XML considered harmful, and other things
I was reading CLiki's XML page and came across a note that said
"... though it's worth noting that Wilbur is an RDF toolkit, not an XML toolkit -- it just happens that it can read RDF/XML, an XML serialisation of RDF."
First I thought that I really ought to publicize the fact more that part of Wilbur is a package called NOX that really is a (simple) XML toolkit. But then I remembered why NOX is the way it is (i.e., simple): Because I wanted to do the absolute minimum to be able to say that I can parse RDF. Someone who really cares (about XML, that is) might decide to use some other XML parser with Wilbur (in fact, this has been done).
Actually, this was just a segue to my real point (related to why I wanted to do the minimum wrt. XML): I think it was a mistake to use XML as RDF's syntax. It seems to have created more confusion than good. Early on when designing RDF I advocated an s-expression -based syntax, because
it would not be as verbose as XML,
it would have been easier to write (really), and
most importantly, I didn't think there were any real benefits to using XML.
It was not meant to be, though, and eventually I got voted down; I wish I had been stronger, but I guess parentheses are a lot scarier than angle brackets. Go figure. XML syntax for RDF is a political design decision, not a technical one.
Yet the core problem remains. We still get questions like "Why cannot I just use XML instead of RDF?" which demonstrate the fundamental misunderstanding and wrong focus; people are principally focused on syntax. I think, generally, it easy to operate in terms of something you can see and write. Perhaps that's also the reason why Semantic Web technologies, in a broader sense, are hard to adopt mentally: So much of the benefit of these technologies depends on reasoning and there, ultimately, one is dealing with something one cannot see. Let's just take RDF as an example: Applications should deal with the deductive closure of the RDF graph they process, not the (syntactic) graph itself. If all you do is process the graph that was input, you might as well use XML.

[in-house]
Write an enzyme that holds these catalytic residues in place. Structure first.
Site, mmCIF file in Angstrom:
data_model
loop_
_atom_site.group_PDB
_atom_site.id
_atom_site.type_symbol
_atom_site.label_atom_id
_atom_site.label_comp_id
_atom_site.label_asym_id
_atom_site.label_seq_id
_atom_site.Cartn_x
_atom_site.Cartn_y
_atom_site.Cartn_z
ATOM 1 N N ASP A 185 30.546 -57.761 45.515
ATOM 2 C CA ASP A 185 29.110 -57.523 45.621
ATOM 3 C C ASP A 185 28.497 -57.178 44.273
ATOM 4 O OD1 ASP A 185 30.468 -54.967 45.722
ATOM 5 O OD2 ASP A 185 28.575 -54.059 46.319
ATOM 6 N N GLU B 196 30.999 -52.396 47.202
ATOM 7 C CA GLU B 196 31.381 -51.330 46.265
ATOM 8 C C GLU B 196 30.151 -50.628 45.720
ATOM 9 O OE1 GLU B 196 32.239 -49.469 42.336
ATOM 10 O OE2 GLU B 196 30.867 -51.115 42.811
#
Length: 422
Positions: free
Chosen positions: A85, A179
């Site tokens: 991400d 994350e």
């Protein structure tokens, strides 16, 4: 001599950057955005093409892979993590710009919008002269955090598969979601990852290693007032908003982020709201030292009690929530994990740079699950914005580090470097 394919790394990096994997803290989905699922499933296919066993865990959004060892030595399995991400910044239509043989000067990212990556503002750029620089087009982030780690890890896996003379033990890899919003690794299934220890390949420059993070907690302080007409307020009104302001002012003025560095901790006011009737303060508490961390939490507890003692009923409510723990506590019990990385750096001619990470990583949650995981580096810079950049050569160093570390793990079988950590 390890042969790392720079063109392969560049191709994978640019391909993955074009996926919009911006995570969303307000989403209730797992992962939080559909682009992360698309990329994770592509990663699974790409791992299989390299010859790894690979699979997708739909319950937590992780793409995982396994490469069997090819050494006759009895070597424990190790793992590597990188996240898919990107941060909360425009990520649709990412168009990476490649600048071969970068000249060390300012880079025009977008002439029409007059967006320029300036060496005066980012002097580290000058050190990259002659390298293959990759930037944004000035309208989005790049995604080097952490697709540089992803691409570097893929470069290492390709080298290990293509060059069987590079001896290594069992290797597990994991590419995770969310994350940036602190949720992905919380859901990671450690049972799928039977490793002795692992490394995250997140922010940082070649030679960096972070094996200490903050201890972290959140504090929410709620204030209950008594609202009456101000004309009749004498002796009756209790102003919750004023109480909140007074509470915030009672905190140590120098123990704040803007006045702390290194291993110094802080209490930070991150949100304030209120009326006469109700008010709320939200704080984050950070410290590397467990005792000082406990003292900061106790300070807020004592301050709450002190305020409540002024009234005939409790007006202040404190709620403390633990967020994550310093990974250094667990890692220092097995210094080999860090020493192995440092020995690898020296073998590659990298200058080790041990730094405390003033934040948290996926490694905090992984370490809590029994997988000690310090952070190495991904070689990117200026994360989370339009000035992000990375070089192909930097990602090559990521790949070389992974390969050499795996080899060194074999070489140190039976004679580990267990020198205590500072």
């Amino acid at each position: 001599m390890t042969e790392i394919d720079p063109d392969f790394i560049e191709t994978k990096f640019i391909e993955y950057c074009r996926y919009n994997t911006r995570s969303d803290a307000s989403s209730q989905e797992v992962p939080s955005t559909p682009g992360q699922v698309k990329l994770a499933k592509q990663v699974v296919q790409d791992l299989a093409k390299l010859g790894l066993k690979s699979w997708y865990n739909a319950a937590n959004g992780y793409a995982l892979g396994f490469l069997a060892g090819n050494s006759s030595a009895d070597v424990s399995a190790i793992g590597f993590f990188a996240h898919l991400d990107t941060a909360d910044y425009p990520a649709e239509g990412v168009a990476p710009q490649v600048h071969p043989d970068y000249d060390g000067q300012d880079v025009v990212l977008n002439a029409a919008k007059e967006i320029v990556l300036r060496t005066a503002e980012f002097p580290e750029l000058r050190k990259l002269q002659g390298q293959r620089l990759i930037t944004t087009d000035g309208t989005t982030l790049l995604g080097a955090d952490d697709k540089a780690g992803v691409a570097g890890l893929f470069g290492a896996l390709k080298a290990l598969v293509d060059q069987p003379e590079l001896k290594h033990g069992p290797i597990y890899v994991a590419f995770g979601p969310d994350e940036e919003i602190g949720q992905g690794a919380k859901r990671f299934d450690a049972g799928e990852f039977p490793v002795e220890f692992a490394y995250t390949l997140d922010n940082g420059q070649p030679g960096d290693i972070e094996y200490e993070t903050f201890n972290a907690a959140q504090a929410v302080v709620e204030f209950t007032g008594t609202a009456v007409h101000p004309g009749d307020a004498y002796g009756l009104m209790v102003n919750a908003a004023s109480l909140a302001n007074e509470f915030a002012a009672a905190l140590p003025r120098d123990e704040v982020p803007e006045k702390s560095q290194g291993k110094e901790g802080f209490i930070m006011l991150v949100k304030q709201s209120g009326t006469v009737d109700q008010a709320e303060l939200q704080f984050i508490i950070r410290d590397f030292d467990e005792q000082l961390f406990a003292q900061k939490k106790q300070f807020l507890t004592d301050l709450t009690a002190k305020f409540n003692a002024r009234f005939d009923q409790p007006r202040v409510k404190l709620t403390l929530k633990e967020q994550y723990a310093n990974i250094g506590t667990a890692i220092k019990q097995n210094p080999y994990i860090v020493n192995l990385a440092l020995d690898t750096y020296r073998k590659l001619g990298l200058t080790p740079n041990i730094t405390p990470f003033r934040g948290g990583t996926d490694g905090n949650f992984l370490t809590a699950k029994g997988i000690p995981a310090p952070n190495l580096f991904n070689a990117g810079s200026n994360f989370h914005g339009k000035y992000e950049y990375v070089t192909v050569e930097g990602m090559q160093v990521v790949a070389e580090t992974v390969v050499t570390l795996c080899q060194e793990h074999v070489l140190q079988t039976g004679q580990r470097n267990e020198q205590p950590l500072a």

Even those people, who (claim to) have grasped that we are really talking about logic and inference, may get it wrong. As an example, I am thinking of Clay Shirky's criticism of the Semantic Web; this story is now (perhaps inadvertently) a classic, in the worst possible sense. Characterising the Semantic Web as a grand attempt in world-wide reasoning via syllogisms is either a disproportionate misunderstanding, or just plain obtuse. Interestingly, he observes that
"The Semantic Web takes for granted that many important aspects of the world can be specified in an unambiguous and universally agreed-on fashion, then spends a great deal of time talking about the ideal XML formats for those descriptions."
As it is, people tend to be very focused on syntax. As for his criticism of the logic part, the idea that with the Semantic Web we repeat or reattempt the approach where "We can make the entire world logically consistent" (as, perhaps, some knowledge representation folks were guilty of a long time ago) is downright offensive. After all, the AI community has learned quite a few things during the last 20 years.